Prabhakar Singh Jindal Global Law School
Room No. A-226, O.P.Jindal Global University, Jagdishpur Village, NCR of Delhi, 131001, India.
Corresponding Author: email@example.com
ⓒ Copyright YIJUN Institute of International Law
This is an Open Access article distributed under the terms of the Creative Commons Attribution Non-Commercial License (http://creativecommons.org/licenses/by-nc/3.0/) which permits unrestricted non-commercial use, distribution, and reproduction in any medium, provided the original work is properly cited.
This monograph takes on "modern art" as the location of modernity. This subject, in my view, holds potential for a productive multi-logue and not just a dialogue, between three binary socio-cultural categories: child and adult, normal and mad, and colonisers and colonised. Modern art raises very interesting questions, and as an area that is often ignored in the analysis of law and science, it forms a powerful field for exploring both, as well as their intersections. Exploring the psychology of colonisation/domination is an important objective of this monograph. In order to get at it, the monograph imbibes Appadurai, Foucault, and Nandy as offering complementary stances on modernity and subsequent globalisation of intra- European relations after industrial revolution. In doing so the author relates aspects of semiotic theory by looking at theories of myth. It concludes by applying their relevance to the strategy of signification deployed by International Law/relations.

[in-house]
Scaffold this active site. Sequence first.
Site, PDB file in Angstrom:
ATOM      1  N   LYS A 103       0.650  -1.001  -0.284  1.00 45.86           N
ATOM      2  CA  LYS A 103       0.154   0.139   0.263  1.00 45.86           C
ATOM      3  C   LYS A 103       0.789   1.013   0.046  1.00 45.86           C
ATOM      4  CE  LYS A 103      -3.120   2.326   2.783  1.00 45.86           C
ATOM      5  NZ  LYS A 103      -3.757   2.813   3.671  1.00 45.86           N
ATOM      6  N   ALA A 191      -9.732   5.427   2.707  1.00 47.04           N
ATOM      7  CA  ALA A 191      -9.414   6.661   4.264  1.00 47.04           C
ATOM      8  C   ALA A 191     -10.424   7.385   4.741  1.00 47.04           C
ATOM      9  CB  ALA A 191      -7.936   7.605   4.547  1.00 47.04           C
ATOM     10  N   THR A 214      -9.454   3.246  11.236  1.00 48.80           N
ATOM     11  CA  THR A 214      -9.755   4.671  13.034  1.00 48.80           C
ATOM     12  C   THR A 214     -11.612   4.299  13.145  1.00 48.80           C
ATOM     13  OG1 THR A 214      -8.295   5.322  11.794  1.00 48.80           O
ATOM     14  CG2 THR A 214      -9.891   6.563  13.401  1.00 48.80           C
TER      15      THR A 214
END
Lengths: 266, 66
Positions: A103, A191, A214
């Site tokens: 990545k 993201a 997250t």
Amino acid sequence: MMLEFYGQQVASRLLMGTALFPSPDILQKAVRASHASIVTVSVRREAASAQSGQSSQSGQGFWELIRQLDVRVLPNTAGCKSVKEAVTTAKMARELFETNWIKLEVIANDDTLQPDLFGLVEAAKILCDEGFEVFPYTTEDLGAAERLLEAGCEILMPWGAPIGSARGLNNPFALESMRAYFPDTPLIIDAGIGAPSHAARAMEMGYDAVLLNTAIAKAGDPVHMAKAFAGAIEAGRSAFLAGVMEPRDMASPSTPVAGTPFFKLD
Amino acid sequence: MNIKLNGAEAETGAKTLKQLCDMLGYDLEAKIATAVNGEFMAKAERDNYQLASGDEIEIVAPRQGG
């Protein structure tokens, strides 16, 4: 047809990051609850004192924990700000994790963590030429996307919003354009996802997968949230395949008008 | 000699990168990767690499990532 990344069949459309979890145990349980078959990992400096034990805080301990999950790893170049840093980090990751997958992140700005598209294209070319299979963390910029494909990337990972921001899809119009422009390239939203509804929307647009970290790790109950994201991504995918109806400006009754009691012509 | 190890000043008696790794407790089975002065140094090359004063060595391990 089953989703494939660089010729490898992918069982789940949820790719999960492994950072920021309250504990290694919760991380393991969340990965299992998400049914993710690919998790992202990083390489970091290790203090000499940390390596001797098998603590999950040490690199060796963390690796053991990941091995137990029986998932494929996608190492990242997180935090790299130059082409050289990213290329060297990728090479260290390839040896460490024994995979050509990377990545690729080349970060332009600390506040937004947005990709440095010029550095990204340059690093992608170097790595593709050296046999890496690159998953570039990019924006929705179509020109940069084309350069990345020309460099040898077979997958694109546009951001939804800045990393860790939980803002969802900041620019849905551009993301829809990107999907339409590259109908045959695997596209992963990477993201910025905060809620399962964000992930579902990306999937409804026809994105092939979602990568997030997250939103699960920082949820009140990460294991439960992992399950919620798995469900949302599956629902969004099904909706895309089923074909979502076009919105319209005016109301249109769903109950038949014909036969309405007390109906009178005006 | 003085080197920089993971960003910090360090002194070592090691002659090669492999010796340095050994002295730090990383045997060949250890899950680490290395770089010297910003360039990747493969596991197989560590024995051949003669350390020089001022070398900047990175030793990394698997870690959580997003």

Keywords : Ancient, Art, Beauty, Childhood, Colonisation, Racism, Mythological Materialism, Phenomenology, Modernity, Semiotics, International Law
The Full Text is available at: http://dx.doi.org/10.14330/jeail.2010.3.1.04